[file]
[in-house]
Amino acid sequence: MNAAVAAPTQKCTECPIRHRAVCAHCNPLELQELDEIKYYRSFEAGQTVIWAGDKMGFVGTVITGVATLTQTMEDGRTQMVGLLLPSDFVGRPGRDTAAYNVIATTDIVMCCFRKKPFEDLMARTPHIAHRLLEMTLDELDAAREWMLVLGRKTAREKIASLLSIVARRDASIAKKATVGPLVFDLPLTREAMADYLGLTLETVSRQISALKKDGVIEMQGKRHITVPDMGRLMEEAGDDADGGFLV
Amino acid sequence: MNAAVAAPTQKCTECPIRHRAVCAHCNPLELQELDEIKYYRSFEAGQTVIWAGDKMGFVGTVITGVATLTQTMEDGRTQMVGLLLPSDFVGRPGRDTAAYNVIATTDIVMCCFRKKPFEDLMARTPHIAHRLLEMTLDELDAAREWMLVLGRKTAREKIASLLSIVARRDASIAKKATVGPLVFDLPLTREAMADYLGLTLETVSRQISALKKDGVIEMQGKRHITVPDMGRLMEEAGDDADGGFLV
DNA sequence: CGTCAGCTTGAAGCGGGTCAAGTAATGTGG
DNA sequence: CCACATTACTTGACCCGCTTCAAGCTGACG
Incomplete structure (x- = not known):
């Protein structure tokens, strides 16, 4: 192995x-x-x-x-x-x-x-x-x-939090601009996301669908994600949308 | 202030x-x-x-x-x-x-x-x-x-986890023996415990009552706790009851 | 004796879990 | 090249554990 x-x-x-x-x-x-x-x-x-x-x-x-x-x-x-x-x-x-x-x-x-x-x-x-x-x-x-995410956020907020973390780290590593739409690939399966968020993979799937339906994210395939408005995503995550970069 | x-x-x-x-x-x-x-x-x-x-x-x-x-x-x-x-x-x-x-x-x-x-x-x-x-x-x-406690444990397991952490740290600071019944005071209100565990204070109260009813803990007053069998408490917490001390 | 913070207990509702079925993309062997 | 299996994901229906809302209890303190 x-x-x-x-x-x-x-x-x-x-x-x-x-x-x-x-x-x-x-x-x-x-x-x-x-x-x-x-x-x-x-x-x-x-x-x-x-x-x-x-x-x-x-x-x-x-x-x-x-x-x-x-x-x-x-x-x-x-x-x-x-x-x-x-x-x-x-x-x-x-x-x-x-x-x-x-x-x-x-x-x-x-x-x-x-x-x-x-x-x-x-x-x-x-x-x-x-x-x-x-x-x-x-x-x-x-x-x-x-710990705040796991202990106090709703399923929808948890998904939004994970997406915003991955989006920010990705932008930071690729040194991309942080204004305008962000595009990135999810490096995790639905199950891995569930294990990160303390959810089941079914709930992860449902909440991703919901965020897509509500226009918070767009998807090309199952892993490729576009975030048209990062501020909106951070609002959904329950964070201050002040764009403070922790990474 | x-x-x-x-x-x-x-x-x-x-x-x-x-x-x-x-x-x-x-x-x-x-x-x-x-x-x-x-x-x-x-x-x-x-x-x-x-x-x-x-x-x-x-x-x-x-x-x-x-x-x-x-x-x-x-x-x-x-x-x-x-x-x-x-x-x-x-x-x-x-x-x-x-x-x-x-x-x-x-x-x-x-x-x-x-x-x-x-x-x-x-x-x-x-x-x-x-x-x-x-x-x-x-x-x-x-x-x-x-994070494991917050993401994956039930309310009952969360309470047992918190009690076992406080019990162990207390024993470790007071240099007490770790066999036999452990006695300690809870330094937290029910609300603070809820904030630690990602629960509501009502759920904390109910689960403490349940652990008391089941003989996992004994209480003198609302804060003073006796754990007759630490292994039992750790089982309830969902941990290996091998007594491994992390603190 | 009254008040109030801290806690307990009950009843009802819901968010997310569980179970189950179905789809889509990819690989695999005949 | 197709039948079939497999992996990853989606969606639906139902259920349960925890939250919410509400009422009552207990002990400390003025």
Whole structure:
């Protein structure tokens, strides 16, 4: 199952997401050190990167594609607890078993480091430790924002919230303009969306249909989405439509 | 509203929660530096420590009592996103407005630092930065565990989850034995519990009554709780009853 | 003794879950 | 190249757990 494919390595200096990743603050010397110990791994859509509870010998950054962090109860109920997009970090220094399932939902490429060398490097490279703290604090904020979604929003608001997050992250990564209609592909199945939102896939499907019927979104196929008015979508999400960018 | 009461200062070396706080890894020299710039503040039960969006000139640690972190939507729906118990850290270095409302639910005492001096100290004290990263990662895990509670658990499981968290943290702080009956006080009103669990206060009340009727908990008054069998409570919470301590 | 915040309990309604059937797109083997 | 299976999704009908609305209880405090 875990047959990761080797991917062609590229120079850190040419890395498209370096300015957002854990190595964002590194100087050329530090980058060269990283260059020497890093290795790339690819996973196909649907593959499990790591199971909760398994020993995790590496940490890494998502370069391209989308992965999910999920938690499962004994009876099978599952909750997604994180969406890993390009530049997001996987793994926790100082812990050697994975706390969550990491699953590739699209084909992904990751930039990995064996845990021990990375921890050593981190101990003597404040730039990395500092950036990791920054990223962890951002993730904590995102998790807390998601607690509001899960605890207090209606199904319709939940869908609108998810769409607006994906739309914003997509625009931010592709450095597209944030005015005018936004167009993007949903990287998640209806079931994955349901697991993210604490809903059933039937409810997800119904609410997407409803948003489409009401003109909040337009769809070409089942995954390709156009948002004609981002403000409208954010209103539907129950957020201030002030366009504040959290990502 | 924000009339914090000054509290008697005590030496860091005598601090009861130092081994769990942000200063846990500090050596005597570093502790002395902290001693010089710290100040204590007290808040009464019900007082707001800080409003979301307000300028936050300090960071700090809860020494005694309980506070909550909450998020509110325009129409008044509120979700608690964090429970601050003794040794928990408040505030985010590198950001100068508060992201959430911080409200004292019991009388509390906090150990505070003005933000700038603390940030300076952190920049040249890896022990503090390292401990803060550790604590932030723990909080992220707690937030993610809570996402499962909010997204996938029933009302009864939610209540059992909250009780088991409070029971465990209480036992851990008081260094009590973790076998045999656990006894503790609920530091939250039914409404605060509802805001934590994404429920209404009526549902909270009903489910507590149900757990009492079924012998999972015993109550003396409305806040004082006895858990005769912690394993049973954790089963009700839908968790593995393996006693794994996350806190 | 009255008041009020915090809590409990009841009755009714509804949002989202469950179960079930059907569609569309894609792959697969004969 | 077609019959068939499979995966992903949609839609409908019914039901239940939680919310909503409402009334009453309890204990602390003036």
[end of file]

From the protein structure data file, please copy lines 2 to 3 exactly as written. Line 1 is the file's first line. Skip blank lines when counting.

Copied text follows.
Amino acid sequence: MNAAVAAPTQKCTECPIRHRAVCAHCNPLELQELDEIKYYRSFEAGQTVIWAGDKMGFVGTVITGVATLTQTMEDGRTQMVGLLLPSDFVGRPGRDTAAYNVIATTDIVMCCFRKKPFEDLMARTPHIAHRLLEMTLDELDAAREWMLVLGRKTAREKIASLLSIVARRDASIAKKATVGPLVFDLPLTREAMADYLGLTLETVSRQISALKKDGVIEMQGKRHITVPDMGRLMEEAGDDADGGFLV
Amino acid sequence: MNAAVAAPTQKCTECPIRHRAVCAHCNPLELQELDEIKYYRSFEAGQTVIWAGDKMGFVGTVITGVATLTQTMEDGRTQMVGLLLPSDFVGRPGRDTAAYNVIATTDIVMCCFRKKPFEDLMARTPHIAHRLLEMTLDELDAAREWMLVLGRKTAREKIASLLSIVARRDASIAKKATVGPLVFDLPLTREAMADYLGLTLETVSRQISALKKDGVIEMQGKRHITVPDMGRLMEEAGDDADGGFLV